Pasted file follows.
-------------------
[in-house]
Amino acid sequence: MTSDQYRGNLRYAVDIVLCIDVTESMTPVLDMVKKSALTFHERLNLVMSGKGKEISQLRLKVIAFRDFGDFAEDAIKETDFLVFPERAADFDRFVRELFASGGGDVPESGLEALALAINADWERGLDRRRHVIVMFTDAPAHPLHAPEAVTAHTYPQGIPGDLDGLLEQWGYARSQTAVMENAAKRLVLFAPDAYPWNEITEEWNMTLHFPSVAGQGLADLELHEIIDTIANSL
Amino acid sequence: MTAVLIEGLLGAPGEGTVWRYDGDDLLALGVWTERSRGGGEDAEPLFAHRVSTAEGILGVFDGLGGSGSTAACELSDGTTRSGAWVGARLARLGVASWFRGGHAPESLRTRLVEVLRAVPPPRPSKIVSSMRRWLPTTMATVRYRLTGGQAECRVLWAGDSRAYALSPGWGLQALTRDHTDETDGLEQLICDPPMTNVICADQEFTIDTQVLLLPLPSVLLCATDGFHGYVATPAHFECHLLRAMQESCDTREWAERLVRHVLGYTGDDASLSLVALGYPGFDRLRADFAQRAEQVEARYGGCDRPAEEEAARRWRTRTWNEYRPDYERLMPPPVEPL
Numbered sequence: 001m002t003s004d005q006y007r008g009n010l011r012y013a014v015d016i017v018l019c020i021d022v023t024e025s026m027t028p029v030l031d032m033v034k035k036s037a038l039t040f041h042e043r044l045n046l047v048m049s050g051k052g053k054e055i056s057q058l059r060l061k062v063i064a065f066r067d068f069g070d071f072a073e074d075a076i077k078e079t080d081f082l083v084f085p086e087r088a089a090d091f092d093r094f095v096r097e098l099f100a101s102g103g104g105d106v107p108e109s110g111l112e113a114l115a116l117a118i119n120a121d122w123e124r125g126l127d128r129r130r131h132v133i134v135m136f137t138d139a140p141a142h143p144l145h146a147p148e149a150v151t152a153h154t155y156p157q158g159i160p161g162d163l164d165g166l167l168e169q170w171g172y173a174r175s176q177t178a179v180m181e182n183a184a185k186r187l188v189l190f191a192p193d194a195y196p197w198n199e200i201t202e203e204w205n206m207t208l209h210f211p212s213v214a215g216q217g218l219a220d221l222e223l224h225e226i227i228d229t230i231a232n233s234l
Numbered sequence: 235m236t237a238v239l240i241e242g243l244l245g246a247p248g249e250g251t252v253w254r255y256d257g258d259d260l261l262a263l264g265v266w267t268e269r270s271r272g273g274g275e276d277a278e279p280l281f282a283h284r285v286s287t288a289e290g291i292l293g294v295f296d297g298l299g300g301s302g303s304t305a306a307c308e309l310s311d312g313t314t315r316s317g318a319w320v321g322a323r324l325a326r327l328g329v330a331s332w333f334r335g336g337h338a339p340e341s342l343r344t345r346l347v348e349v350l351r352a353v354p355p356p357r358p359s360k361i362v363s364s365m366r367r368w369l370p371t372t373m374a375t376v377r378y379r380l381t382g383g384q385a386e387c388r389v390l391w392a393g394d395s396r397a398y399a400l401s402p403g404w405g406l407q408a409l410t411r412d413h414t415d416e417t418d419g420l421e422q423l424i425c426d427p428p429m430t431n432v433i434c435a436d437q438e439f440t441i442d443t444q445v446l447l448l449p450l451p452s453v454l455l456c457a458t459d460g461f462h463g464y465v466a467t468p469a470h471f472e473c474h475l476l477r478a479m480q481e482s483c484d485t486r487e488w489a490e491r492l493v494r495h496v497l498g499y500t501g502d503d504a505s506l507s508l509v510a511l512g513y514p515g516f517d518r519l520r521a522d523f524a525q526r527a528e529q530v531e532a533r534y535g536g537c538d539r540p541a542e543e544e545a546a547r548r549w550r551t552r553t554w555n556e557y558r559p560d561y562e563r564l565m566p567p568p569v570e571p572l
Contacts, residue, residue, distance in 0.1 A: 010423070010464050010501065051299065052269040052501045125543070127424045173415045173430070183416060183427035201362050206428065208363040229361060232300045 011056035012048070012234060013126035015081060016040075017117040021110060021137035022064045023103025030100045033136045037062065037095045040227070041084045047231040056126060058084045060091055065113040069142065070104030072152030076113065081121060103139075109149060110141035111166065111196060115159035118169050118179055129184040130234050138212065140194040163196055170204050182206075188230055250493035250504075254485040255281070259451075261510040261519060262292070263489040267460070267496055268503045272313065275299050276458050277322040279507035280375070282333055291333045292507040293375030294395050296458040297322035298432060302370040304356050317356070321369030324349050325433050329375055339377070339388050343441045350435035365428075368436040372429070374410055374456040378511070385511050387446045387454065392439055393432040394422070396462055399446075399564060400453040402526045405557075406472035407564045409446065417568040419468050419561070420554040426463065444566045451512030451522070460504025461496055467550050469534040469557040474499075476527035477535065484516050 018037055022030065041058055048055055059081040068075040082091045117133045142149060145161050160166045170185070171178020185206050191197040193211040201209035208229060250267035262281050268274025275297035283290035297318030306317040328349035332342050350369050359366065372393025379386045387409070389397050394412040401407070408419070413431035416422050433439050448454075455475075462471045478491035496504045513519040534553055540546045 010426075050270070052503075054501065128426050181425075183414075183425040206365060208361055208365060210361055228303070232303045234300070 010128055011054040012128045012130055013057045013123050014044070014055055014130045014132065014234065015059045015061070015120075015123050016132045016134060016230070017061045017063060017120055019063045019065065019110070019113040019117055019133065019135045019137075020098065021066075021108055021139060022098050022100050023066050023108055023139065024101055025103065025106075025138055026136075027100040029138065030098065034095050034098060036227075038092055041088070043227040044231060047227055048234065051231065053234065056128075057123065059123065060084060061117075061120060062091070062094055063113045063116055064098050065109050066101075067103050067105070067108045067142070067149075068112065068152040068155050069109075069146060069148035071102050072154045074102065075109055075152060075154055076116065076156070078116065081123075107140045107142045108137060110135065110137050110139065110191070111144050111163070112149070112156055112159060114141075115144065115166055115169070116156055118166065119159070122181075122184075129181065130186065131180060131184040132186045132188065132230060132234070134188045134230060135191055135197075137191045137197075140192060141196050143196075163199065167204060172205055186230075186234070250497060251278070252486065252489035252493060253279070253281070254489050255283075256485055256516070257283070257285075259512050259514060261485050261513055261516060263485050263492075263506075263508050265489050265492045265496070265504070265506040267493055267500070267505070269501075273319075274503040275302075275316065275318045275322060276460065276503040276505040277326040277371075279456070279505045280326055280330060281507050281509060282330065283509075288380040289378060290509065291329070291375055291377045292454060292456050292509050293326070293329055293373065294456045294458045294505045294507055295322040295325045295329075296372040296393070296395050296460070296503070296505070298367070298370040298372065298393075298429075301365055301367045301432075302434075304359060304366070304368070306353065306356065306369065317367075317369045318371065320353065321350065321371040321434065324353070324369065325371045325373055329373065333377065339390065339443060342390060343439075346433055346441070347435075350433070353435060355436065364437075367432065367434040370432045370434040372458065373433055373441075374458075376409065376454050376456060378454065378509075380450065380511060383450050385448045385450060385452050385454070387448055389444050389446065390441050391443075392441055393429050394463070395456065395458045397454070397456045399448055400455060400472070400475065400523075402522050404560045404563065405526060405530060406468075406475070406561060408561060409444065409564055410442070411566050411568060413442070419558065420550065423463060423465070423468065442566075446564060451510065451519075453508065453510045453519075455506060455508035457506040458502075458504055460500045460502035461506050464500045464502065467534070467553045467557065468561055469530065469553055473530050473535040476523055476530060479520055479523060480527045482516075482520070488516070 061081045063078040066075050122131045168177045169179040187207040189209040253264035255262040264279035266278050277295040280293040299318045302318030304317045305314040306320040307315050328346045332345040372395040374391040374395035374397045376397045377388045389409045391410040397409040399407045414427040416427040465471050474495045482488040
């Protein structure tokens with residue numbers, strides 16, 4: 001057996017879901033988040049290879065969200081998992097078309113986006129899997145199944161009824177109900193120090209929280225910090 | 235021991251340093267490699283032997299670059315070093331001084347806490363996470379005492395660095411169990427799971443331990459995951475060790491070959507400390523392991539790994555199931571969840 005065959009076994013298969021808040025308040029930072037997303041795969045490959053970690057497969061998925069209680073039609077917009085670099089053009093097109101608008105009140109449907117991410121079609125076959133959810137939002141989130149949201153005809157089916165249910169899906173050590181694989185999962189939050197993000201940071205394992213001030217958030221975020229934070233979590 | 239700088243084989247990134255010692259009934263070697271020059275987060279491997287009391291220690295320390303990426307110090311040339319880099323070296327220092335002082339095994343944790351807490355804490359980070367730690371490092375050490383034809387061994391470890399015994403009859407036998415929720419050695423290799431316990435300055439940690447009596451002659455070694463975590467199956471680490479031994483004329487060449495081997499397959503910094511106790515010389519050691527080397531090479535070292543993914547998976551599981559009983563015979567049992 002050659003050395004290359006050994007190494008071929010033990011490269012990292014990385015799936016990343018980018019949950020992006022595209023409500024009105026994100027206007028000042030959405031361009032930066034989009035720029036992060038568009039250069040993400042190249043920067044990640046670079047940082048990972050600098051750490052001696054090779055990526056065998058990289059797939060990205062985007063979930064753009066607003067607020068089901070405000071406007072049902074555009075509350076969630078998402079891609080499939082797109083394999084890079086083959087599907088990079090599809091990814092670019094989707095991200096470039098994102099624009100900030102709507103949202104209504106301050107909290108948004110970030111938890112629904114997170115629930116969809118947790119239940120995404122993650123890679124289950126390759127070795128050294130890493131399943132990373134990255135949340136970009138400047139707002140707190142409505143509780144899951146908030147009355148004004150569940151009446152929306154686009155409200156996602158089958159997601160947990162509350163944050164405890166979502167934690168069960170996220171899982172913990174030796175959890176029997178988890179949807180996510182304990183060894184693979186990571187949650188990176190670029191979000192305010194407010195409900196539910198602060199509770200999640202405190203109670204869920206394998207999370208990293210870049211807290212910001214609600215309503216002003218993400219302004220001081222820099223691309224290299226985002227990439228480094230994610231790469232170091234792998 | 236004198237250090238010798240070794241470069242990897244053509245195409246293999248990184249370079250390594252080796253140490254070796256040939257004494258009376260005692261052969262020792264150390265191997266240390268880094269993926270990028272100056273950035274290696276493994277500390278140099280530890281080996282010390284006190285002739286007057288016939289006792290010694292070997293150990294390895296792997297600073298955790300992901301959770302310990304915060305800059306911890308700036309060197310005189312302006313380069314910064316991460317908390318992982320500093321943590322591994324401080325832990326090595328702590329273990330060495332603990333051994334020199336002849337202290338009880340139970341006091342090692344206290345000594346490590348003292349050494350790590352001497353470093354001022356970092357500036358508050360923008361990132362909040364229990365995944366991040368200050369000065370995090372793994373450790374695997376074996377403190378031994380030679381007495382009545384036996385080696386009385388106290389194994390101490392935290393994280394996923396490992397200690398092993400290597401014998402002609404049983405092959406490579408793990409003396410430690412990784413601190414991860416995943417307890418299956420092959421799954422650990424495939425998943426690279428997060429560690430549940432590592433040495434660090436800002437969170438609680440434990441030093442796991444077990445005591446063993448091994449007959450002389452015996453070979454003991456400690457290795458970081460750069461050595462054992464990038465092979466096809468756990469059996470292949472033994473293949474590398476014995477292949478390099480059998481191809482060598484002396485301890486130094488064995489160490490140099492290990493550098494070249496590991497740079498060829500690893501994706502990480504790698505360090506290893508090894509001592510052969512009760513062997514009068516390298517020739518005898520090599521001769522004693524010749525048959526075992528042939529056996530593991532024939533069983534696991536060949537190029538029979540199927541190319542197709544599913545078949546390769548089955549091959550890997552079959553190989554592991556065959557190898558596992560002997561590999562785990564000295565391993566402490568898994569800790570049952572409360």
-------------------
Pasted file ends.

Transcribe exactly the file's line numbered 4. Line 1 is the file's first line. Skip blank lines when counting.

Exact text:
Numbered sequence: 001m002t003s004d005q006y007r008g009n010l011r012y013a014v015d016i017v018l019c020i021d022v023t024e025s026m027t028p029v030l031d032m033v034k035k036s037a038l039t040f041h042e043r044l045n046l047v048m049s050g051k052g053k054e055i056s057q058l059r060l061k062v063i064a065f066r067d068f069g070d071f072a073e074d075a076i077k078e079t080d081f082l083v084f085p086e087r088a089a090d091f092d093r094f095v096r097e098l099f100a101s102g103g104g105d106v107p108e109s110g111l112e113a114l115a116l117a118i119n120a121d122w123e124r125g126l127d128r129r130r131h132v133i134v135m136f137t138d139a140p141a142h143p144l145h146a147p148e149a150v151t152a153h154t155y156p157q158g159i160p161g162d163l164d165g166l167l168e169q170w171g172y173a174r175s176q177t178a179v180m181e182n183a184a185k186r187l188v189l190f191a192p193d194a195y196p197w198n199e200i201t202e203e204w205n206m207t208l209h210f211p212s213v214a215g216q217g218l219a220d221l222e223l224h225e226i227i228d229t230i231a232n233s234l